IT WAS WEDNESDAY EVENING, a.k.a. trash night. Steve Brixton, seventh grader, formerly of the Brixton Brothers Detective Agency, plodded along his driveway, dragging a maroon bin behind him. The bin’s wheels rumbled and popped as they rolled over pebbles on the blacktop. This week the Brixton family’s bin was very full. The lid would not close tightly; it bounced up and down, making an irregular, slow clapping sound. And the trash was heavy—Steve could feel the can’s weight in his elbow, and he kept switching the arm he used to drag it: right, then left, and back again. He sighed. Tonight was a particularly difficult trash night, and that’s because the garbage bin contained fifty-nine shiny, red-backed books: a complete set of the Bailey Brothers Mysteries, a series of detective novels that until a week and a half ago had been Steve’s favorite books of all time.
Steve pulled the bin down off the curb. It hit the street hard, and its lid bounced open like a clam’s shell, revealing the can’s contents. Steve stood underneath a streetlamp. Its orange bulb flickered and hummed, even though the sun was just now setting and there was still plenty of light in the sky.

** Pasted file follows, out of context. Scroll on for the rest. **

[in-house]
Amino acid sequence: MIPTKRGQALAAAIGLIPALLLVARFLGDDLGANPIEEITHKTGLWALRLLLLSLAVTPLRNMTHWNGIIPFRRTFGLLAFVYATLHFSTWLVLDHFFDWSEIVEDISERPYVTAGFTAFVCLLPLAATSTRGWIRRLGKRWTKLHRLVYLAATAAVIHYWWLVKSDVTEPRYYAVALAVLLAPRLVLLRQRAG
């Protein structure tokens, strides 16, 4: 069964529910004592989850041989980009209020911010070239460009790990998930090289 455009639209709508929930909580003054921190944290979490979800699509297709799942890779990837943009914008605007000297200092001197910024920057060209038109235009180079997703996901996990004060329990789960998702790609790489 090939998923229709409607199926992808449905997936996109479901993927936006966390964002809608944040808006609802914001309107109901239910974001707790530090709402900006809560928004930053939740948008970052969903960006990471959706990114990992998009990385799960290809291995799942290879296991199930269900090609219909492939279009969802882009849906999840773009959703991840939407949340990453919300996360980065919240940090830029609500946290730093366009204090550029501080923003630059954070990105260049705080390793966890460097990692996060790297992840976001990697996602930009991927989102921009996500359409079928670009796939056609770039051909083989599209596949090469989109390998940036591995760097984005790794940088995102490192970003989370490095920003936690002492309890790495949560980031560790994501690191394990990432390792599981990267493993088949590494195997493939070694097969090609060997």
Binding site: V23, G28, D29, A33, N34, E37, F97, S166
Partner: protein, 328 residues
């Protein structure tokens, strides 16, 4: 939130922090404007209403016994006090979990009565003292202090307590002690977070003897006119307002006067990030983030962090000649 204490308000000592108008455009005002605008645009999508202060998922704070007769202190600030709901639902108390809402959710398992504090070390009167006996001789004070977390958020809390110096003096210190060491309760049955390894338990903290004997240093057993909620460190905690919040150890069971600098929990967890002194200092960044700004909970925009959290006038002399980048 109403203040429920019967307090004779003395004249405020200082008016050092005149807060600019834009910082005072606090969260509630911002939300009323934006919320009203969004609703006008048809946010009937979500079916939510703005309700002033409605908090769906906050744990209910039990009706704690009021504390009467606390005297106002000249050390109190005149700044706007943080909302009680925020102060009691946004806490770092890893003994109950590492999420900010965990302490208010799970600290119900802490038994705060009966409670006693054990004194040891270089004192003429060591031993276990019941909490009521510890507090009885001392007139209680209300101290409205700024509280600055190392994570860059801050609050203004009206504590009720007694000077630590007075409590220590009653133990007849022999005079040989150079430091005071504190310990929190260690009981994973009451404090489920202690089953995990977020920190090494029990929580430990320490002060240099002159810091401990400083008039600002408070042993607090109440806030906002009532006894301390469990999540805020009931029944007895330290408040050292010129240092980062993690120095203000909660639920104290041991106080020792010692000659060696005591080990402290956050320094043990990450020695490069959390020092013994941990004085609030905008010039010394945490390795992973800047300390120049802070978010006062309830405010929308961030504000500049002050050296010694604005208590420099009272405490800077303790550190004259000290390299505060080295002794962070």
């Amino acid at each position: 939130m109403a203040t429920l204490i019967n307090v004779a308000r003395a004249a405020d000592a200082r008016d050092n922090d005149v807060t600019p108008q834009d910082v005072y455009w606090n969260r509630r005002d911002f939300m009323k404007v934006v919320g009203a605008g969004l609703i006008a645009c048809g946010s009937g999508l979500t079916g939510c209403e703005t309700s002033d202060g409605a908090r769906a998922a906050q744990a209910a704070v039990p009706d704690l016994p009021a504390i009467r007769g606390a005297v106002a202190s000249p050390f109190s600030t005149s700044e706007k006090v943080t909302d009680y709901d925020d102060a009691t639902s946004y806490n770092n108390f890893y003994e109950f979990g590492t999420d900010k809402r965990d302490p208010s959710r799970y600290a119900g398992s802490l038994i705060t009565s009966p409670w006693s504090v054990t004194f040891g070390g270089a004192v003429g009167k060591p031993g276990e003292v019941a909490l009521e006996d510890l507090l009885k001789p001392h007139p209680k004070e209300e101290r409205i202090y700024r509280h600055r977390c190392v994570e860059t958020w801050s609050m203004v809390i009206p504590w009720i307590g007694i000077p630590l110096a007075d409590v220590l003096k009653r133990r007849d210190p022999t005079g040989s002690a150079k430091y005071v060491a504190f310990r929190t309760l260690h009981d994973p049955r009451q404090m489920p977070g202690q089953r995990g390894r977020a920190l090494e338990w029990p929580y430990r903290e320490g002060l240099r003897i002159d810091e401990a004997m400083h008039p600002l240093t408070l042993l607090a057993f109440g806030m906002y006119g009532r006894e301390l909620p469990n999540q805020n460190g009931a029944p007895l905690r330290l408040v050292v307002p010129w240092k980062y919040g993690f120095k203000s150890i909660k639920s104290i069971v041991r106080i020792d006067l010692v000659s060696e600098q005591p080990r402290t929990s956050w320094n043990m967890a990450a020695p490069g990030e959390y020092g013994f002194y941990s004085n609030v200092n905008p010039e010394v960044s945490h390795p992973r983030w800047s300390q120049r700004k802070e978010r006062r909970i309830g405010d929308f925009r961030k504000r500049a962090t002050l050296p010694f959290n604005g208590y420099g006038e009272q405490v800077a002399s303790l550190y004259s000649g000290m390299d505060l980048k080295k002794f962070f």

There they were, neatly stacked in a cardboard box atop a week’s worth of kitchen scraps and dental floss: Bailey Brothers #1 to #58, and of course The Bailey Brothers’ Detective Handbook, which was jam-packed with Shawn and Kevin Bailey’s Real Crime-Solving Tips and Tricks. (Shawn and Kevin Bailey, as pretty much everybody knows, were the sons of world-famous detective Harris Bailey and the heroes of the Bailey Brothers books—they had their own crime lab and fixed their own cars and were basically the acest sleuths around.) The handbook had chapters full of things every serious gumshoe would need to know: stuff like “Tailing Baddies,” “Making Your Own Blowgun,” and “Modus Operandi, Portrait Parlé, and Other Funny Foreign Phrases for the American Sleuth.”
Steve stood and stared at his books. He looked around. Identical maroon bins stood like sentries outside every home on the street. The neighborhood was quiet. Assured that he was alone, Steve reached out and picked up a book: Bailey Brothers #15: The Phantom of Liar’s Bluff, which started like this:
© 2011 Mac Barnett
It Happened on a Train
- Simon & Schuster Books for Young Readers |
- 288 pages |
- ISBN 9781416978190 |
- October 2011 |
- Grades 3 - 7
Author Mac Barnett Reveals His Best Trait
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